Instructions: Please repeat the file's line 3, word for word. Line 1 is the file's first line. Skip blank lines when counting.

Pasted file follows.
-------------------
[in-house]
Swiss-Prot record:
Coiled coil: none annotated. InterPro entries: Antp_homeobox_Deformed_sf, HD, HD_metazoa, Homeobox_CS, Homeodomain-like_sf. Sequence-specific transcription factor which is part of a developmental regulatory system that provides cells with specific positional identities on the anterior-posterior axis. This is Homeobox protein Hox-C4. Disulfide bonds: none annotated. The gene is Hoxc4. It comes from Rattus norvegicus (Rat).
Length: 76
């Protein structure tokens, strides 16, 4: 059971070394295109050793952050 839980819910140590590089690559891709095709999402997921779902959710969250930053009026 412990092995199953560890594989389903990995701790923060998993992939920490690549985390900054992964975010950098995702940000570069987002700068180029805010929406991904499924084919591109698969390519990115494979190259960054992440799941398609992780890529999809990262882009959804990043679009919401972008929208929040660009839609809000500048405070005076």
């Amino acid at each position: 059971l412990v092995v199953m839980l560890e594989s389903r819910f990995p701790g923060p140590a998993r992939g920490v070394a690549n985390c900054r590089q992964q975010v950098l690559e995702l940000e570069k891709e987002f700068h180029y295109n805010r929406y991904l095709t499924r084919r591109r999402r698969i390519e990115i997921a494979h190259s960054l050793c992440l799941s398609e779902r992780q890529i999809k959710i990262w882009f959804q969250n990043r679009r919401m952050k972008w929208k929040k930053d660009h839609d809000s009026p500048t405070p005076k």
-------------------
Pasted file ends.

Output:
Coiled coil: none annotated. InterPro entries: Antp_homeobox_Deformed_sf, HD, HD_metazoa, Homeobox_CS, Homeodomain-like_sf. Sequence-specific transcription factor which is part of a developmental regulatory system that provides cells with specific positional identities on the anterior-posterior axis. This is Homeobox protein Hox-C4. Disulfide bonds: none annotated. The gene is Hoxc4. It comes from Rattus norvegicus (Rat).